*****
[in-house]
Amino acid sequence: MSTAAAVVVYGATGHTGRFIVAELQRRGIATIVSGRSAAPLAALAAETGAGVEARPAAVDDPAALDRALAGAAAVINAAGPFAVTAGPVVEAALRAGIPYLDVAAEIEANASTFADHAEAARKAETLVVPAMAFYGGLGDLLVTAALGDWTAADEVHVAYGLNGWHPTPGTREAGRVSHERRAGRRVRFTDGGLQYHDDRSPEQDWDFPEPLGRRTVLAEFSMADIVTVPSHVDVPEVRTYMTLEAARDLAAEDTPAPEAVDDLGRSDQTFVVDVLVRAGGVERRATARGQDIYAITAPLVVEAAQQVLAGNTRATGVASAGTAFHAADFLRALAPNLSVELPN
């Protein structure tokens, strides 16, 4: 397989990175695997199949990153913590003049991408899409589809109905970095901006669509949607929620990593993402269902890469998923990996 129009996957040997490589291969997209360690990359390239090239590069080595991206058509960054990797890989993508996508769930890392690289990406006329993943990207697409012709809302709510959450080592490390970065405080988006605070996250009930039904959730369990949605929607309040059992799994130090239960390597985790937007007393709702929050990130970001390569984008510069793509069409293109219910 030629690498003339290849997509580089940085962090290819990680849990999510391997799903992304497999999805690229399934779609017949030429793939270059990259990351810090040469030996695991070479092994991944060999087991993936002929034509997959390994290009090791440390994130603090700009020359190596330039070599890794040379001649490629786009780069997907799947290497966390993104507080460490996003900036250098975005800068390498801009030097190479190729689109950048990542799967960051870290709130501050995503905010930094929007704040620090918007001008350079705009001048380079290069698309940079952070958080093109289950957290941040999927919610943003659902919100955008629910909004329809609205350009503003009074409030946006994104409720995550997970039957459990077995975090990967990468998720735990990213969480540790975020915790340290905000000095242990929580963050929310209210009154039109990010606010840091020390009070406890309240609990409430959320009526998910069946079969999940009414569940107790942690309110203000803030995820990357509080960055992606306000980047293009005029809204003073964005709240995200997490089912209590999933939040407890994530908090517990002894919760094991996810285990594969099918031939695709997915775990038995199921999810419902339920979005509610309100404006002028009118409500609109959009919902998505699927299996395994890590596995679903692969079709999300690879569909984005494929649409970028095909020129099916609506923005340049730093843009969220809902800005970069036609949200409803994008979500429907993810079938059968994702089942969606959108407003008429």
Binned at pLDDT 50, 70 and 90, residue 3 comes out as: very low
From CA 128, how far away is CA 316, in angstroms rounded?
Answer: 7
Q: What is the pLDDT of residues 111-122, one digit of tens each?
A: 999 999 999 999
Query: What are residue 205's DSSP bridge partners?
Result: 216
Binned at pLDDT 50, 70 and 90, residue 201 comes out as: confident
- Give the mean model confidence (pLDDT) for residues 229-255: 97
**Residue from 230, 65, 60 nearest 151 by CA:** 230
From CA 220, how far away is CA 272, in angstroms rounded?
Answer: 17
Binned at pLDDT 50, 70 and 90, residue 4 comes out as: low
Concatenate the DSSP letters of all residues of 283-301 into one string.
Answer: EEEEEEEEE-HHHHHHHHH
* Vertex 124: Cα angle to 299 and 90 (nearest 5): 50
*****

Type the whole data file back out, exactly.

[in-house]
Amino acid sequence: MSTAAAVVVYGATGHTGRFIVAELQRRGIATIVSGRSAAPLAALAAETGAGVEARPAAVDDPAALDRALAGAAAVINAAGPFAVTAGPVVEAALRAGIPYLDVAAEIEANASTFADHAEAARKAETLVVPAMAFYGGLGDLLVTAALGDWTAADEVHVAYGLNGWHPTPGTREAGRVSHERRAGRRVRFTDGGLQYHDDRSPEQDWDFPEPLGRRTVLAEFSMADIVTVPSHVDVPEVRTYMTLEAARDLAAEDTPAPEAVDDLGRSDQTFVVDVLVRAGGVERRATARGQDIYAITAPLVVEAAQQVLAGNTRATGVASAGTAFHAADFLRALAPNLSVELPN
């Protein structure tokens, strides 16, 4: 397989990175695997199949990153913590003049991408899409589809109905970095901006669509949607929620990593993402269902890469998923990996 129009996957040997490589291969997209360690990359390239090239590069080595991206058509960054990797890989993508996508769930890392690289990406006329993943990207697409012709809302709510959450080592490390970065405080988006605070996250009930039904959730369990949605929607309040059992799994130090239960390597985790937007007393709702929050990130970001390569984008510069793509069409293109219910 030629690498003339290849997509580089940085962090290819990680849990999510391997799903992304497999999805690229399934779609017949030429793939270059990259990351810090040469030996695991070479092994991944060999087991993936002929034509997959390994290009090791440390994130603090700009020359190596330039070599890794040379001649490629786009780069997907799947290497966390993104507080460490996003900036250098975005800068390498801009030097190479190729689109950048990542799967960051870290709130501050995503905010930094929007704040620090918007001008350079705009001048380079290069698309940079952070958080093109289950957290941040999927919610943003659902919100955008629910909004329809609205350009503003009074409030946006994104409720995550997970039957459990077995975090990967990468998720735990990213969480540790975020915790340290905000000095242990929580963050929310209210009154039109990010606010840091020390009070406890309240609990409430959320009526998910069946079969999940009414569940107790942690309110203000803030995820990357509080960055992606306000980047293009005029809204003073964005709240995200997490089912209590999933939040407890994530908090517990002894919760094991996810285990594969099918031939695709997915775990038995199921999810419902339920979005509610309100404006002028009118409500609109959009919902998505699927299996395994890590596995679903692969079709999300690879569909984005494929649409970028095909020129099916609506923005340049730093843009969220809902800005970069036609949200409803994008979500429907993810079938059968994702089942969606959108407003008429």
Binned at pLDDT 50, 70 and 90, residue 3 comes out as: very low
From CA 128, how far away is CA 316, in angstroms rounded?
Answer: 7
Q: What is the pLDDT of residues 111-122, one digit of tens each?
A: 999 999 999 999
Query: What are residue 205's DSSP bridge partners?
Result: 216
Binned at pLDDT 50, 70 and 90, residue 201 comes out as: confident
- Give the mean model confidence (pLDDT) for residues 229-255: 97
**Residue from 230, 65, 60 nearest 151 by CA:** 230
From CA 220, how far away is CA 272, in angstroms rounded?
Answer: 17
Binned at pLDDT 50, 70 and 90, residue 4 comes out as: low
Concatenate the DSSP letters of all residues of 283-301 into one string.
Answer: EEEEEEEEE-HHHHHHHHH
* Vertex 124: Cα angle to 299 and 90 (nearest 5): 50